British Prime Minister Tony Blair says the situation in Sudan's Darfur region is "totally unacceptable."
In a statement issued Saturday, Mr. Blair said there are two million displaced persons in Sudan and up to four million in need of food. He said Britain would have to consider alternative approaches to Sudan if rapid progress is not made to end the conflict in Darfur.
The British prime minister said that appalling human rights violations are being committed in Darfur, particularly against women and young girls.
Mr. Blair urged the government and rebels to move quickly to implement a ceasefire and commit to a political process.
Britain and the United States have been among the nations pressuring Sudan to allow U.N. peacekeepers to be deployed to Darfur.
Washington's special envoy to Sudan, Andrew Natsios, is traveling to Sudan for talks on this issue.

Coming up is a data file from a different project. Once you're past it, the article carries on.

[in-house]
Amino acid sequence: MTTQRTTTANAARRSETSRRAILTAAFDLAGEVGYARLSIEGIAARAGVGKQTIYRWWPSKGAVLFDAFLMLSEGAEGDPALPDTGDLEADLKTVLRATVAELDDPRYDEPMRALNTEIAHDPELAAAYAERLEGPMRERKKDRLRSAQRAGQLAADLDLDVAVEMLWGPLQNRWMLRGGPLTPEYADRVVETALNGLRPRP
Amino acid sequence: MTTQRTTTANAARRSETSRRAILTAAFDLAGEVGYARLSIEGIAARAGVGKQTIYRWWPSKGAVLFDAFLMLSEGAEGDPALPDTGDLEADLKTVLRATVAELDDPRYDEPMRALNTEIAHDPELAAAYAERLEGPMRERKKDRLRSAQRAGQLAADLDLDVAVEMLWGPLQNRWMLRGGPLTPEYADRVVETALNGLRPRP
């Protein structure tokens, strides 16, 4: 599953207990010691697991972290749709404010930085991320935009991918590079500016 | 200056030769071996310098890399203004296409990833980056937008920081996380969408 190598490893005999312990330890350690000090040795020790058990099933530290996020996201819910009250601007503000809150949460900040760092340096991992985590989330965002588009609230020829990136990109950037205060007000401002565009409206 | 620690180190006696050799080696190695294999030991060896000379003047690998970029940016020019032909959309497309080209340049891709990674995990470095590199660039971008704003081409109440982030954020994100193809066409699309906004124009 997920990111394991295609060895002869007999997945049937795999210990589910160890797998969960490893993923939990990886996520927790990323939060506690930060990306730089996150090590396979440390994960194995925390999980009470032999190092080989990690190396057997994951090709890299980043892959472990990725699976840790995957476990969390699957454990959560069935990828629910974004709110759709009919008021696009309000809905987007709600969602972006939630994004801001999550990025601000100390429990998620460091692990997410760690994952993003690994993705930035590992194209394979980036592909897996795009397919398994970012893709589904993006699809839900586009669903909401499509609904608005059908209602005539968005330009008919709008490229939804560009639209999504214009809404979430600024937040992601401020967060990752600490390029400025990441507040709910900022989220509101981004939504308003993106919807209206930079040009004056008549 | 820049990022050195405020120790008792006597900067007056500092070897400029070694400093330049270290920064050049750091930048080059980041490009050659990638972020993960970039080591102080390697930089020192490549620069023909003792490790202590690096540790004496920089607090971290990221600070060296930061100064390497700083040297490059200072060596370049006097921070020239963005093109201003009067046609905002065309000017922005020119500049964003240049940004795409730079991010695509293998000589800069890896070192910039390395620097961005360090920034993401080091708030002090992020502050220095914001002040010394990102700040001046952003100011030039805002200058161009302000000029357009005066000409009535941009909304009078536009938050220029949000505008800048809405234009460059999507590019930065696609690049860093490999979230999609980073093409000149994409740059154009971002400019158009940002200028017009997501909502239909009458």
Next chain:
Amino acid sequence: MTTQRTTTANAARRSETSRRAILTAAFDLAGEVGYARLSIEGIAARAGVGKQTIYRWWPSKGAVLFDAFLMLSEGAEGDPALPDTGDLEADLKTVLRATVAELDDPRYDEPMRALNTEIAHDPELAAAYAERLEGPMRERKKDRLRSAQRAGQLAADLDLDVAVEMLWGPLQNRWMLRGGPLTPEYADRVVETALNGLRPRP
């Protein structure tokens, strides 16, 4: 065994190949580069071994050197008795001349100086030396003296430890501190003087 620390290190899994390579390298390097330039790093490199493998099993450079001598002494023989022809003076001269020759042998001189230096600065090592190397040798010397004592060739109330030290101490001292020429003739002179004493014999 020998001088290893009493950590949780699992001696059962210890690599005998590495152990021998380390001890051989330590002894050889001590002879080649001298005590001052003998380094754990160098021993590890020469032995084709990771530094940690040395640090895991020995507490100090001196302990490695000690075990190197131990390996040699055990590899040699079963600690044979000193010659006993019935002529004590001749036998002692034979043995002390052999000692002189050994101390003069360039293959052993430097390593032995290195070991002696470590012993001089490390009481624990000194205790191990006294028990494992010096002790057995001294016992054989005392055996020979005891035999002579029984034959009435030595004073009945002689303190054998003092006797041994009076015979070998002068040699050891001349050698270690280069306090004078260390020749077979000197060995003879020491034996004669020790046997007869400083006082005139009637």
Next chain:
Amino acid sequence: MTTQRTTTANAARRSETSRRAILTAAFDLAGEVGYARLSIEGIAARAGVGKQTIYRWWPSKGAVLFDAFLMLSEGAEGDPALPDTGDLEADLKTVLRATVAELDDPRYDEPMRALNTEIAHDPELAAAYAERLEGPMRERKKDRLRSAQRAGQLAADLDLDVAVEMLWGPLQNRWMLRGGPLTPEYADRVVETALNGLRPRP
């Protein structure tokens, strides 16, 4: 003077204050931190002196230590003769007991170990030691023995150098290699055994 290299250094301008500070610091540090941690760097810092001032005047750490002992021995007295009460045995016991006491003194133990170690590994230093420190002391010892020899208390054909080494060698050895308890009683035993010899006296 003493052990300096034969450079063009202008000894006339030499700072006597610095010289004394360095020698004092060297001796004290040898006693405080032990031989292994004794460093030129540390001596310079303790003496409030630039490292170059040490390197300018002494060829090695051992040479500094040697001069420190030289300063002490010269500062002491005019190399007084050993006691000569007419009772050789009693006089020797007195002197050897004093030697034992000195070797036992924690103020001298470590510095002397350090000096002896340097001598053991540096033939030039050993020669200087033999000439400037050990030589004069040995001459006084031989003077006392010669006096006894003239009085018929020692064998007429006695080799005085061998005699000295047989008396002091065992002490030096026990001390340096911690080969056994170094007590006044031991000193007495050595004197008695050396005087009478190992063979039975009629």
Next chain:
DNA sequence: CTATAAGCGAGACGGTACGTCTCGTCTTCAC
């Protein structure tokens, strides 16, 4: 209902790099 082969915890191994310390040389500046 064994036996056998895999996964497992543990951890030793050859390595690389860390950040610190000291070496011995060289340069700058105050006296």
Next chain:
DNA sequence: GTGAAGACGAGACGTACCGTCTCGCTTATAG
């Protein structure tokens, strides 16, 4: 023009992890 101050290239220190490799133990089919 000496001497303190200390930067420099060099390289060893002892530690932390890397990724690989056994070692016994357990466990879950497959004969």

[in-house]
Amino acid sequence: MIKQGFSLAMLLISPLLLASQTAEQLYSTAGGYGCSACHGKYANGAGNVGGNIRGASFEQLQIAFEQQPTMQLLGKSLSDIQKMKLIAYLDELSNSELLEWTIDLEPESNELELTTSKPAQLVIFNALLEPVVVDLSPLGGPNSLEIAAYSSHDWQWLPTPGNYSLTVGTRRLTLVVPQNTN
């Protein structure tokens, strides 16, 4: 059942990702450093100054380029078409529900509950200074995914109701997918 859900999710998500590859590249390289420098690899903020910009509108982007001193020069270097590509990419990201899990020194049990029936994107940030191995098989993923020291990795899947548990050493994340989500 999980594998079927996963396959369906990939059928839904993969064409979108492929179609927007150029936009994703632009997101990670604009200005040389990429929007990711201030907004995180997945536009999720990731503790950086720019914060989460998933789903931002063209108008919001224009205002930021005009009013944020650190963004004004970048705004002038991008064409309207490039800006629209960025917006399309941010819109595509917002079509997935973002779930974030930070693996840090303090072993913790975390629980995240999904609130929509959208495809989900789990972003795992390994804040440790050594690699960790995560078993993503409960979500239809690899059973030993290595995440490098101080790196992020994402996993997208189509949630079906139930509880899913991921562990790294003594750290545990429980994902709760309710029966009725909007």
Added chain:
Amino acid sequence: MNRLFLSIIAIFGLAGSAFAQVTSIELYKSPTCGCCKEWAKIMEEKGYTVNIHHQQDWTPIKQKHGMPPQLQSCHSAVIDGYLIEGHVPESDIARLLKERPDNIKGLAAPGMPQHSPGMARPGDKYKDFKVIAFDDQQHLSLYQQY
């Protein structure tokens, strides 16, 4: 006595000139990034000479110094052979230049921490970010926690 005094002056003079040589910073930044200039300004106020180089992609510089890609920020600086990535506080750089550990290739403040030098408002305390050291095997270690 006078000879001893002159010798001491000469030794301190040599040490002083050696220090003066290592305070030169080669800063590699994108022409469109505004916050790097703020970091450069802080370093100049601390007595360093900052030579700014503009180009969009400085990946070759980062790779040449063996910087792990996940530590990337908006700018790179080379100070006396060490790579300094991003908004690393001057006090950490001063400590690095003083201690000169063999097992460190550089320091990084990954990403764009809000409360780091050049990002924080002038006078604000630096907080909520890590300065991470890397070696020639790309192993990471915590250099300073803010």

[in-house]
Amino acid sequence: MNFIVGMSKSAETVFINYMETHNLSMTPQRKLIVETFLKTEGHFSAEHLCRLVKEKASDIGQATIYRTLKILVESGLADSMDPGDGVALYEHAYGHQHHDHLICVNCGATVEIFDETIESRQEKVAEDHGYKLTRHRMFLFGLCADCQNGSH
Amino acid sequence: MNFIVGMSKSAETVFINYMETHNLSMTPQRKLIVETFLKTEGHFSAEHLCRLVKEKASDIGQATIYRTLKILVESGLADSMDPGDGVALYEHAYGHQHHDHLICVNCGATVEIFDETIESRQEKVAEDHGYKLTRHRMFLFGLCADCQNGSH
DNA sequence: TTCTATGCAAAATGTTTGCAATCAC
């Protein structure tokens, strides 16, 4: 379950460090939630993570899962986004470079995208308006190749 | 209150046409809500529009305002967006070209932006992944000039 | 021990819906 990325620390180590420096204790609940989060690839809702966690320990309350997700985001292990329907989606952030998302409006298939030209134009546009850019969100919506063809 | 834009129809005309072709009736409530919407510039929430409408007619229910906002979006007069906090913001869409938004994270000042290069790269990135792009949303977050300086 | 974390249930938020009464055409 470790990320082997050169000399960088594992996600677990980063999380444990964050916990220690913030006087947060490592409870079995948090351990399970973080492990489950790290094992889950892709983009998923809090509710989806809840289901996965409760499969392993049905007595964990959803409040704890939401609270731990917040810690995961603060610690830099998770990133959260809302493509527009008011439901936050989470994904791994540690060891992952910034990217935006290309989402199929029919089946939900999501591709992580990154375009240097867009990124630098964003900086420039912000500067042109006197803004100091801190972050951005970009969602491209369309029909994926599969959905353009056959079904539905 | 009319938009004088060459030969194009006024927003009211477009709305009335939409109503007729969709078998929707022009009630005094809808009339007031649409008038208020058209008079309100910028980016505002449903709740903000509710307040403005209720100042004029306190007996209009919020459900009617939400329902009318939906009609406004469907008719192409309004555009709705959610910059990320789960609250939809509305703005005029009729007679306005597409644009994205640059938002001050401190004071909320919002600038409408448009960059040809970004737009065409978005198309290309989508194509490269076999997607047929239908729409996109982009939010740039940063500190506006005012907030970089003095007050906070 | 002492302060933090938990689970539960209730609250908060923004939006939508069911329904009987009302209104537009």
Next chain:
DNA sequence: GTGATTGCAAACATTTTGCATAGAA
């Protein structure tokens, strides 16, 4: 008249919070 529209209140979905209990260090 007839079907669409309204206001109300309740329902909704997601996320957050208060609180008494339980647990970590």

Last week, Natsios warned that if Sudan continues to reject U.N. peacekeepers, the Bush administration would move to what he called "Plan B." He did not elaborate.
Friday, outgoing U.N. Secretary-General Kofi Annan accused the Sudanese government of failing to protect its citizens in Darfur.
In unusually blunt language, Mr. Annan said Khartoum has failed to accept its responsibility to protect its citizens. He said government leaders may have to answer collectively and individually for the killings, rape and murder.